Without getting too technical, triggers refer to people, places, things, areas of various senses (taste, smell, sounds), memories etc. that bring about or invoke the feelings of a past trauma. In Recovery triggers also include reminders of drug use or abuse and invoke the urge to use again.
Ask any clinical or recovery professional, or anyone struggling with negative behaviors and they will tell you that triggers are the reason behind so many relapses.
These same individuals will tell you that the anxiety, stress and other emotional experiences endured when trying to avoid triggers are traumatic in and of themselves and that avoidance as a behavior will not lead to long term growth and change.
So how does one ensure that their triggers don’t bring them down, while developing long term positive change?
Knowing yourself and your challenges is half the battle. Buy a small notepad (or a cellphone for those not as old school) and document triggers during your day. Looking at your day much like a heart monitor, Note for yourself what comes up for you emotionally and causes spikes in the otherwise even flow. Also note where and when this takes place. An example might be a strong feeling of anxiety around a particular store, a feeling of sadness late at night, an urge to drink at a particular sports game, around particular people etc. Don’t be afraid to have a long list, consider it homework and goal setting material.
2. Team up.
Struggling alone is not the ideal recipe for success, and chances are trying to handle things by yourself has not worked out as well is it could have in the past, so team up. Teaming up should first and foremost include an individual with experience and preferably training. This obviously includes a therapist, psychiatrist, certified addiction counselor, and can also include a sponsor, teacher, mentor, and family if possible. For many, family members know you sometimes more honestly then you are willing to know yourself and so if and when possible include your family in the healing process.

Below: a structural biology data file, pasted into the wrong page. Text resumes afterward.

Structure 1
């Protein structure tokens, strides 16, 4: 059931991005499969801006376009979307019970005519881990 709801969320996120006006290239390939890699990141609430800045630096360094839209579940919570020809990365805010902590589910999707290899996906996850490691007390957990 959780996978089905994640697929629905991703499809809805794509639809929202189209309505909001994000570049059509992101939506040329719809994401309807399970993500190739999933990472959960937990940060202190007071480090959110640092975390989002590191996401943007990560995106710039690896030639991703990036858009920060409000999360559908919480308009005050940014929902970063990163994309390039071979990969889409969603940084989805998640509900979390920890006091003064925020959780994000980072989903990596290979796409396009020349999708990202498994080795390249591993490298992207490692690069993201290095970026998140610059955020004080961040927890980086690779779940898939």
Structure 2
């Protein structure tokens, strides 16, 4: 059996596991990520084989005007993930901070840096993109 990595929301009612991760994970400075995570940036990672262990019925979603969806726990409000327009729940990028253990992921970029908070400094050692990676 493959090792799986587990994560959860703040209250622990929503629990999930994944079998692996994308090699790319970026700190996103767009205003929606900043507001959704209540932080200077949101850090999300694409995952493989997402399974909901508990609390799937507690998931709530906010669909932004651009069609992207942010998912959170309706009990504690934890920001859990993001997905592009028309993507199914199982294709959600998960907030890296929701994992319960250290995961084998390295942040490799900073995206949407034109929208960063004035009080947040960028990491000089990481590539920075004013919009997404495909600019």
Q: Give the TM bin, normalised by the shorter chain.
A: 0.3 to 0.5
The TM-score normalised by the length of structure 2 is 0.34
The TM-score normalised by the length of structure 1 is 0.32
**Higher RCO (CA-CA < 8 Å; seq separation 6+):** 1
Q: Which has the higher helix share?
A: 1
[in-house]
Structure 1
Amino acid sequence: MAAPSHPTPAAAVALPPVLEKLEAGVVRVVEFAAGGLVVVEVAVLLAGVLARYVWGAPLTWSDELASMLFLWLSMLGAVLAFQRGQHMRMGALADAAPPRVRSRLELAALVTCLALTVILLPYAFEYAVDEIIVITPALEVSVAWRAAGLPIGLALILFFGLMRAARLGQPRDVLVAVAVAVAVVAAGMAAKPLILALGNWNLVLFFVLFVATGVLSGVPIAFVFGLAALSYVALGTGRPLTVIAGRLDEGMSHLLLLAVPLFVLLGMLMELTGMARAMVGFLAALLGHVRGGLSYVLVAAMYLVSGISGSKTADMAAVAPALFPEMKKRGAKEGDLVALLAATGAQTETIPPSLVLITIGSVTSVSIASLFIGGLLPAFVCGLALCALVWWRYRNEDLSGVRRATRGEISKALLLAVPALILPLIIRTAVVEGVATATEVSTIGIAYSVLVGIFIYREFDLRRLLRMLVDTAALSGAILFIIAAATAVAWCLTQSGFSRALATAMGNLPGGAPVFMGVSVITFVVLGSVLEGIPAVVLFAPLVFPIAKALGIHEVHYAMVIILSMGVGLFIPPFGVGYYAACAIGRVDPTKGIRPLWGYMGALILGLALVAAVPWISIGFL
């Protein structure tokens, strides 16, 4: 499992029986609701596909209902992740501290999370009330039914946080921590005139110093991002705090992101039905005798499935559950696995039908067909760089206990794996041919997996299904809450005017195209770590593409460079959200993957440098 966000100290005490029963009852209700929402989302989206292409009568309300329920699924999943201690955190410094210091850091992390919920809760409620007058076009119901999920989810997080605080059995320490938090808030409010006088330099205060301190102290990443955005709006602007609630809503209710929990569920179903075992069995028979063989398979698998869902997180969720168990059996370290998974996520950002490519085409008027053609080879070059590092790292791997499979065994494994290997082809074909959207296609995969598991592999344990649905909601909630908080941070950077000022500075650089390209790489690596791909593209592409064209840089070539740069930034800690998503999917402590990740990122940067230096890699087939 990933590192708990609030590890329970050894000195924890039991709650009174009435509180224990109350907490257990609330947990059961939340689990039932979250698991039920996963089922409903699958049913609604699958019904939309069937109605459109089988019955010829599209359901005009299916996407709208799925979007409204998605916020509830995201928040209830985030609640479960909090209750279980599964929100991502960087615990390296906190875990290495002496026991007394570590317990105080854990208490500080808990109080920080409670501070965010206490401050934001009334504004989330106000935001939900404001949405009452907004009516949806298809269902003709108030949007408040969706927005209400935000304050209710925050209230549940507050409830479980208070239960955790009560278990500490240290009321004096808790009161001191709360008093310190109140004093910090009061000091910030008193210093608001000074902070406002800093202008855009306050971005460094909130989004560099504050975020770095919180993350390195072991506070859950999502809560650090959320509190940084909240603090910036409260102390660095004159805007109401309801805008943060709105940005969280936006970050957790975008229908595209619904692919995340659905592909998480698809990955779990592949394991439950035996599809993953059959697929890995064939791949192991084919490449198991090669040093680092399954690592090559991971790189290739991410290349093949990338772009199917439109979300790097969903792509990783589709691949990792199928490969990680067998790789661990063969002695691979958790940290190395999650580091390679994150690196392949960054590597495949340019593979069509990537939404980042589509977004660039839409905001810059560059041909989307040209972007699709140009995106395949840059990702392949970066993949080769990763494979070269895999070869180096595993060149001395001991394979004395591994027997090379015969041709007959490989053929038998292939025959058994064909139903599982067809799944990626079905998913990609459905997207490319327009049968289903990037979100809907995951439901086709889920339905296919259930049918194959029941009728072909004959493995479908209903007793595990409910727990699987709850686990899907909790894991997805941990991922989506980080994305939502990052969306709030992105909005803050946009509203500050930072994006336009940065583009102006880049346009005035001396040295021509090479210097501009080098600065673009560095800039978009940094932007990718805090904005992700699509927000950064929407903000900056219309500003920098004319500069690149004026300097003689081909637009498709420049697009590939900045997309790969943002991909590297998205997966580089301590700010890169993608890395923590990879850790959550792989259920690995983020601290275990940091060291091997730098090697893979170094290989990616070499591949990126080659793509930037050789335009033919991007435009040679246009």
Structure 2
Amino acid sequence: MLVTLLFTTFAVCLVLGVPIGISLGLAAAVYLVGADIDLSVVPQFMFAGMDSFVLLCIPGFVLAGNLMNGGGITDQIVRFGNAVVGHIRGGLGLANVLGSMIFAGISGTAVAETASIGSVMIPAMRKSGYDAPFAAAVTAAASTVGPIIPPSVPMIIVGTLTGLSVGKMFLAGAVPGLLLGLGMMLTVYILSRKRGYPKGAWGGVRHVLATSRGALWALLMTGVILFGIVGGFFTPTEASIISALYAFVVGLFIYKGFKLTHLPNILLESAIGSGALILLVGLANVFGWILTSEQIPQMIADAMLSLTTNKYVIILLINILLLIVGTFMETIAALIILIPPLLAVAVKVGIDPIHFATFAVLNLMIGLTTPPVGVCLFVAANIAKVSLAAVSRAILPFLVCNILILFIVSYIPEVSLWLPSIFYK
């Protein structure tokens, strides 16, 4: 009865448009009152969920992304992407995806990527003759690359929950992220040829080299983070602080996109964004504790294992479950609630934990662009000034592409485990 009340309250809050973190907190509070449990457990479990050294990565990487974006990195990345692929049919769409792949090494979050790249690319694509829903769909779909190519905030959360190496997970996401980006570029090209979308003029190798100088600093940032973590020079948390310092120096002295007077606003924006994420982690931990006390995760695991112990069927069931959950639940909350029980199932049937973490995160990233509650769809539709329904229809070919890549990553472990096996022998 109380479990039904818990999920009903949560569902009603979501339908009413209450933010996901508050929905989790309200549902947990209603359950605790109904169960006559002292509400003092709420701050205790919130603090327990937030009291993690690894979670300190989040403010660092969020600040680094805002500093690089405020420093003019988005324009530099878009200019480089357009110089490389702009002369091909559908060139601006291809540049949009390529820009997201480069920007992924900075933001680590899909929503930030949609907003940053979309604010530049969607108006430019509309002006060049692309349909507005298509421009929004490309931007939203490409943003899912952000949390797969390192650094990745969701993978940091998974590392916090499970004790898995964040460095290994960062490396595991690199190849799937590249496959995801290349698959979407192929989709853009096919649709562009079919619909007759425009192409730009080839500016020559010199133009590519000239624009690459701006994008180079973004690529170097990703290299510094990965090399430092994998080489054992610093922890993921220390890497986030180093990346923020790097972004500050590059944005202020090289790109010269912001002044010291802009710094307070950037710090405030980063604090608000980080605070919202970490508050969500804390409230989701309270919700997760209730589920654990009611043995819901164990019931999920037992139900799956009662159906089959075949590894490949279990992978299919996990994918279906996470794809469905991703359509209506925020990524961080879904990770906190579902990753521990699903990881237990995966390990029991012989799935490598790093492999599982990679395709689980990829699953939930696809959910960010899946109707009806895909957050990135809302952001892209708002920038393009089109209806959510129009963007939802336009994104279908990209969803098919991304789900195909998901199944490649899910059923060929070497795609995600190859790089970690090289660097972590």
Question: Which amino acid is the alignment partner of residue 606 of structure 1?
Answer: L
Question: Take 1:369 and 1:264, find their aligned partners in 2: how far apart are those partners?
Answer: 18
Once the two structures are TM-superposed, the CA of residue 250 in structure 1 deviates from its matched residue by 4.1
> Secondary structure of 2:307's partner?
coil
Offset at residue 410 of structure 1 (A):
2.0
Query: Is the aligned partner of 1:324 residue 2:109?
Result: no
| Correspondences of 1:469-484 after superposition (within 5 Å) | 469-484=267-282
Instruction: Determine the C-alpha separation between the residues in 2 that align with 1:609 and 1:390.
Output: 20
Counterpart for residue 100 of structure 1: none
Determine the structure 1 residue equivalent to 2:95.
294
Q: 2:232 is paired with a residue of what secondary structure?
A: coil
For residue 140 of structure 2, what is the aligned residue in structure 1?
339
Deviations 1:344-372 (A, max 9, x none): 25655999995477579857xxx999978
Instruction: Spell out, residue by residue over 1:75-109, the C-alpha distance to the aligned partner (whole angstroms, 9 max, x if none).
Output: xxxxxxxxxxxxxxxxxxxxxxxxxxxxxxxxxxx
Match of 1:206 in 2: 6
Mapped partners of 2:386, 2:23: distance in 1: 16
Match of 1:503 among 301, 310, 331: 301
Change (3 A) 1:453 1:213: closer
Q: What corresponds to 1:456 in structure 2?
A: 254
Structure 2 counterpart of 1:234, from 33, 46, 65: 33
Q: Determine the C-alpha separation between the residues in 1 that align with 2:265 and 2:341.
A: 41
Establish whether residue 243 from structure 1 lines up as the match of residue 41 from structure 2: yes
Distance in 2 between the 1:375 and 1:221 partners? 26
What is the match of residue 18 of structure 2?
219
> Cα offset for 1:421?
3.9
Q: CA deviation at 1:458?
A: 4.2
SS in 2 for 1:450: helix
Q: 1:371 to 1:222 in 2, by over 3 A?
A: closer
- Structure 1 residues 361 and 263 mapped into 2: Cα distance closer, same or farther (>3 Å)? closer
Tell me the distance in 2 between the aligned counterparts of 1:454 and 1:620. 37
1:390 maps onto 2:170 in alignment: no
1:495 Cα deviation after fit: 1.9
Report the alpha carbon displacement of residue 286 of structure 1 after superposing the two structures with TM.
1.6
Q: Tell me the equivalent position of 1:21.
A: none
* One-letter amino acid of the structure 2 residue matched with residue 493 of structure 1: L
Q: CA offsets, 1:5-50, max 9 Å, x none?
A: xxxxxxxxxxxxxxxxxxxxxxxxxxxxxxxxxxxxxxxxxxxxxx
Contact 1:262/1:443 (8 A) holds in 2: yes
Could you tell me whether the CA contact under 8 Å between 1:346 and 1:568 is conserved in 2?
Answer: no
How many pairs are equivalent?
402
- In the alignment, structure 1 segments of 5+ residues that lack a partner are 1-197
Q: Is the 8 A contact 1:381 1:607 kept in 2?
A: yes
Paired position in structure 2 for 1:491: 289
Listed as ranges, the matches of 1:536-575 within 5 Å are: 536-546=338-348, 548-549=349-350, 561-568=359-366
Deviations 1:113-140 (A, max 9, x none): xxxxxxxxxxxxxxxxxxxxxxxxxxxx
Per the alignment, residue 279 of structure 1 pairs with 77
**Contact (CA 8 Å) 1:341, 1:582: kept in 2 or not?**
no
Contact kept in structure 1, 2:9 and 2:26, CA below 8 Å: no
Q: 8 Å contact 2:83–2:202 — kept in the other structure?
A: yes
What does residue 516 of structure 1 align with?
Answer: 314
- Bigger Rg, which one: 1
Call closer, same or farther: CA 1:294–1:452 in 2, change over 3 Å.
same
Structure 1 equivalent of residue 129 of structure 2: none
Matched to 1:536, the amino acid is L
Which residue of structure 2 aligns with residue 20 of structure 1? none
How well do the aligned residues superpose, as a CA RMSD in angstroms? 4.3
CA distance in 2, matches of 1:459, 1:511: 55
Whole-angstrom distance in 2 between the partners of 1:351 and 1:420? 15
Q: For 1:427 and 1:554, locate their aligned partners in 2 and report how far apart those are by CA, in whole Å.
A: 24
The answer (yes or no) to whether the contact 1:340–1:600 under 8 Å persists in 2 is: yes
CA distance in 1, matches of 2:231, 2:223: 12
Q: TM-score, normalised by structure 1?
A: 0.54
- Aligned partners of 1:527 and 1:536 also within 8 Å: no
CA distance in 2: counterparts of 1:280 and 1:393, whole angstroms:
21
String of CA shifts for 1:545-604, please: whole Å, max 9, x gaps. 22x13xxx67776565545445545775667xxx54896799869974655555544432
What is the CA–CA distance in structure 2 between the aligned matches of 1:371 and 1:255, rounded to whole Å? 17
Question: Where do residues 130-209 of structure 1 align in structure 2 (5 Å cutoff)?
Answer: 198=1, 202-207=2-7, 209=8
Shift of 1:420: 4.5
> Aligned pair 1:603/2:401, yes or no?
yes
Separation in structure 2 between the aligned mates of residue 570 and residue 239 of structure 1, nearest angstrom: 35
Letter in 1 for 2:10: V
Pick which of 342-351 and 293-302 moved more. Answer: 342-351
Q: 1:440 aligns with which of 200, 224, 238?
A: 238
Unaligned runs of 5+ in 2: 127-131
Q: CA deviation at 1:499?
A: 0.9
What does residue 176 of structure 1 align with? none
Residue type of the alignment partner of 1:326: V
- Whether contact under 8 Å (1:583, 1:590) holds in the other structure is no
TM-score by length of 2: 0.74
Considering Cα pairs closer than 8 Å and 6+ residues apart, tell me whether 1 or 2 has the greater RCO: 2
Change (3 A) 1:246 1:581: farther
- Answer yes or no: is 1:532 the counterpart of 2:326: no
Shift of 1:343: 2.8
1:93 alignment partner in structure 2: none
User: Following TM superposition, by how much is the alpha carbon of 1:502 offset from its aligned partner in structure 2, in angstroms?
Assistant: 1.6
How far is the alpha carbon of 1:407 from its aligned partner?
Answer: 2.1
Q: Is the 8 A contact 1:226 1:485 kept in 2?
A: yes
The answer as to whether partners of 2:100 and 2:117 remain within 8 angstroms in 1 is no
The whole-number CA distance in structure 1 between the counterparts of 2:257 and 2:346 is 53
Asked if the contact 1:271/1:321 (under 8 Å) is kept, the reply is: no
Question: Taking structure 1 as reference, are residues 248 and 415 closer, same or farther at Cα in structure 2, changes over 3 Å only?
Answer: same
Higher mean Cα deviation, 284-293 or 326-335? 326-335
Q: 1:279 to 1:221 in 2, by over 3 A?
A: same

Review the list with your team and solicit their feedback and input. It is important that they know what you are struggling with so they can support you in the process. Break the list into parts separated by difficulty, and plan to tackle the easier items first. Not all triggers are worth the risk. If you are in recovery it would be best to be willing to let go of “Bar Hopping” on weekends even if you don’t drink. If you struggle with depression it might be a good idea to save your Alaska trip for a time of year when the sun is out. As part of your plan, make sure you have an idea of where to go or who to call when faced with a trigger that is overwhelming. For the hardest triggers make sure you also have an idea of who could be with you at the time either in person or on the phone.
Now that you have goals, a team, and a plan it’s time to take your first steps and it’s better that they be small. Start by tackling the easier ones, and work your way through. The goal is slow but steady exposure to your triggers with proper support so that eventually you can face your challenges and live life positively. As part of this, and for triggers that might be too overwhelming you can also research supportive optional replacements such as sober music venues and events, as well as other peer supported social gatherings.
There is no need to face your struggles alone, call 310 Recovery to make your plan and change your life today.